Roast aubergine dip – man this dip seriously rocked. An oniony minty taste and oh so smooth.
and last but definitely not least…
Ash a reshte – I said I would be a harsh critique but they did everything right. It was delicious, I loved it, Sarah loved it and my Iranian great-grandmother who is famous for her cooking would have loved it. If you haven’t tried ash e reshte before then get to Koocha as soon as possible and give it a try. Normally I’d put vinegar on top but that’s a family preference so I can’t fault them for not doing that!
Everything about the meal was spot on and I think our two day wait made it all the more amazing. Would highly recommend, well priced and served with a smile. We even splashed out and got a vegan raspberry cheesecake that they brought out with a birthday candle for Sarah. As you may have guessed that was delicious too.
Day 4 – Underground Exploration in the land of cheese
Up nice and early we got on a 20 minute train to Yatton with our bikes to cycle the Strawberry Line to Cheddar Gorge. This famous 10 mile cycle route was immersed in nature and really therapeutic as there was nobody else around. Despite the name we didn’t come across any strawberries but there were an unprecedented amount of blackberries and we even passed through the Thatchers cider apple orchard.
Along this route you’ll also come across a series of old tunnels and bridges, one which was so dark I almost fell of my bike.
Cheddar, as the name suggests, is home to the world famous cheese and they definitely haven’t let the sales opportunity slip. This small town is is filled with shops claiming to be the ‘only place to buy original cheddar cheese’. We figured it was a lost cause asking for vegan alternatives but we did try a lot of chutney, crackers and some amazingly spiced hot mulled cider.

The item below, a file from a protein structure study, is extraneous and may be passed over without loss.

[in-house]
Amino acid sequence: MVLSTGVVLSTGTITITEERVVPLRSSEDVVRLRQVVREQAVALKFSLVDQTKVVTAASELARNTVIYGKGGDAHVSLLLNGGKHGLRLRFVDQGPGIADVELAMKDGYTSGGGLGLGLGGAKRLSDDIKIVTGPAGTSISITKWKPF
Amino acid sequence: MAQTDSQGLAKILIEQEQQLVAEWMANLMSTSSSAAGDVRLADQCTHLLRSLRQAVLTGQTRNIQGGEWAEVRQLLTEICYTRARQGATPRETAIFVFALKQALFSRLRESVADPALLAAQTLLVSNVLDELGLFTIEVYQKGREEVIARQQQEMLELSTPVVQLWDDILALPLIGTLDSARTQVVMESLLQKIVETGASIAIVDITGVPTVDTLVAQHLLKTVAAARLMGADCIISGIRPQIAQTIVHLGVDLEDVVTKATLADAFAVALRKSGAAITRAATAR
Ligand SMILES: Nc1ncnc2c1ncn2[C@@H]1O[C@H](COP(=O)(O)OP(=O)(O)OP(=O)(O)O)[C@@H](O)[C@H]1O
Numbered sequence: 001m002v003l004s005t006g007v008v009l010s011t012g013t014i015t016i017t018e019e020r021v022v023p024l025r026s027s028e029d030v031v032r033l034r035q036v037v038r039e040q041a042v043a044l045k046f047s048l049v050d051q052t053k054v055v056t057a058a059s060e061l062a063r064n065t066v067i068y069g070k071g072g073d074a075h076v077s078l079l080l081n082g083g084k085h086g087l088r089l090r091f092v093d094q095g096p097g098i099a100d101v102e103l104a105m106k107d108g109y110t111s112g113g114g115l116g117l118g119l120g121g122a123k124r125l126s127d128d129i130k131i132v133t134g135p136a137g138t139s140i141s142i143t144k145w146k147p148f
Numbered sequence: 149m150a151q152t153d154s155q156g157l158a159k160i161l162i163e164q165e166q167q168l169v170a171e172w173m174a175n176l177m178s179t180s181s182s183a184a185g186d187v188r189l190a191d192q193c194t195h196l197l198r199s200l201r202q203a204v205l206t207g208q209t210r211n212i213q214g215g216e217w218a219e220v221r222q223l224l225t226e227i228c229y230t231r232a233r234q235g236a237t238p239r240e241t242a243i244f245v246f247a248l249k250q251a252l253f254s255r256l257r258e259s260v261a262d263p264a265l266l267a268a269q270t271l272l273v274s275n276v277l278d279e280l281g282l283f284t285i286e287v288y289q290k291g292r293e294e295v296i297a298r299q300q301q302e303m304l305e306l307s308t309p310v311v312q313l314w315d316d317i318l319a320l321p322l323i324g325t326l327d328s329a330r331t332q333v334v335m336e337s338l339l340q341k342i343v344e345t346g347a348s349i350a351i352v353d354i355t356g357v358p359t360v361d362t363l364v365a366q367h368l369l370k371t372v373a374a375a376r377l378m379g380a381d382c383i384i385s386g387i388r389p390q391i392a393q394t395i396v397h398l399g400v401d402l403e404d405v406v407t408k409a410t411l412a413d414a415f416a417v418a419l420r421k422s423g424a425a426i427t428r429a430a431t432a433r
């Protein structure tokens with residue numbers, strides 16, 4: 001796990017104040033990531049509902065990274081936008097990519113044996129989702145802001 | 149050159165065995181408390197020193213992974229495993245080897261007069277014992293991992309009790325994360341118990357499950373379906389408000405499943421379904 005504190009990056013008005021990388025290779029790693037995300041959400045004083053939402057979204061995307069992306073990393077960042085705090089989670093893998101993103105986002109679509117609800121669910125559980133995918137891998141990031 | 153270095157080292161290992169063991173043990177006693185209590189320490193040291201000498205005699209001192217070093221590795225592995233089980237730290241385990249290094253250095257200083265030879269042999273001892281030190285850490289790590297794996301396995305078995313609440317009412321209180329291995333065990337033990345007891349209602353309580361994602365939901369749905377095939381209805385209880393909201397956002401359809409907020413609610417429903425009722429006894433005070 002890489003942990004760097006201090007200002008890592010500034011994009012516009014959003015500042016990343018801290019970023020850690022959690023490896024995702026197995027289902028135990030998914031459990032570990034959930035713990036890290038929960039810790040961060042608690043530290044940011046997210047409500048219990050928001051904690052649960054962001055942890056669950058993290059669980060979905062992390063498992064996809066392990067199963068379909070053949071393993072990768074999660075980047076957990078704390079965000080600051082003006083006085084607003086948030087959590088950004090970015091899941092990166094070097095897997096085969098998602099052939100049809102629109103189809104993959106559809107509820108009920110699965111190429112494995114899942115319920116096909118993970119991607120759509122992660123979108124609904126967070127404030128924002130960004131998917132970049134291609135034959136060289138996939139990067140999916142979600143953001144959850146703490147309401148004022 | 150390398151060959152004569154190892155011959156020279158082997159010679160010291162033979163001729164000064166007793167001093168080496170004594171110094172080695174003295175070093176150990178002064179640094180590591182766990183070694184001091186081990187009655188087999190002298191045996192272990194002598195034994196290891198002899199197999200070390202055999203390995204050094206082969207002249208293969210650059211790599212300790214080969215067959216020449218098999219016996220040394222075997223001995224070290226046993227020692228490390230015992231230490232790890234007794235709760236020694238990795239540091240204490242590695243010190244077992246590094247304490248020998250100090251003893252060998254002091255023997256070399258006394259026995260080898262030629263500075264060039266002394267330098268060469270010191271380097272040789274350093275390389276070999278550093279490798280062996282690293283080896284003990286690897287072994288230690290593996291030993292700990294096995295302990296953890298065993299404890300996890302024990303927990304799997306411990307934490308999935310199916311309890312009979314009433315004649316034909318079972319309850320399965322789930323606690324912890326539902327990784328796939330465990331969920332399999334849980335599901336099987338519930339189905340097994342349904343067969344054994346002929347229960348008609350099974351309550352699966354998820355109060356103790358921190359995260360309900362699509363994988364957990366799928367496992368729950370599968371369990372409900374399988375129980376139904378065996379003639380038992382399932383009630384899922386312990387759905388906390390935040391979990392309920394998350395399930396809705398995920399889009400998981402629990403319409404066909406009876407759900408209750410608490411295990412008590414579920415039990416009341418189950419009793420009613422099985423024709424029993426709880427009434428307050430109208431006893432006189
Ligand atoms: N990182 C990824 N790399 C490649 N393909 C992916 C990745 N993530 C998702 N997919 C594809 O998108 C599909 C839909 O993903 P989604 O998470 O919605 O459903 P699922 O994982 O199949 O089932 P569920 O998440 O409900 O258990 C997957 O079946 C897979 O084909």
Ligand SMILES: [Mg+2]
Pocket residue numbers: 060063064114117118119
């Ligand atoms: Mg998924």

Besides being famous for it’s cheese Cheddar pulls in 50,000 visitors each year to marvel over Cheddar Gorge and the caves in the area. The gorge is actually the largest in the UK and was carved out during the Ice Age. Visitors can see spectacular limestone cliffs and elaborate cave systems which take you to deep underground cave systems and million-year-old rock formations.
It seems like the people of Cheddar are pretty shrewd and this natural wonder is now pretty pricey to fully experience. Although you can hike along the cliff sides for free it costs a whopping £19.95 to fully experience the caves and museums.
Normally we shy away from high ticket prices like this but both Sarah and I really like caves. There’s such a prehistoric feel to them and they’re one of the few places in the world that are still relatively untouched by humankind. On top of that the caves were home to the oldest complete skeleton found in the UK so it was mesmerising to think of the past inhabitants as we walked around.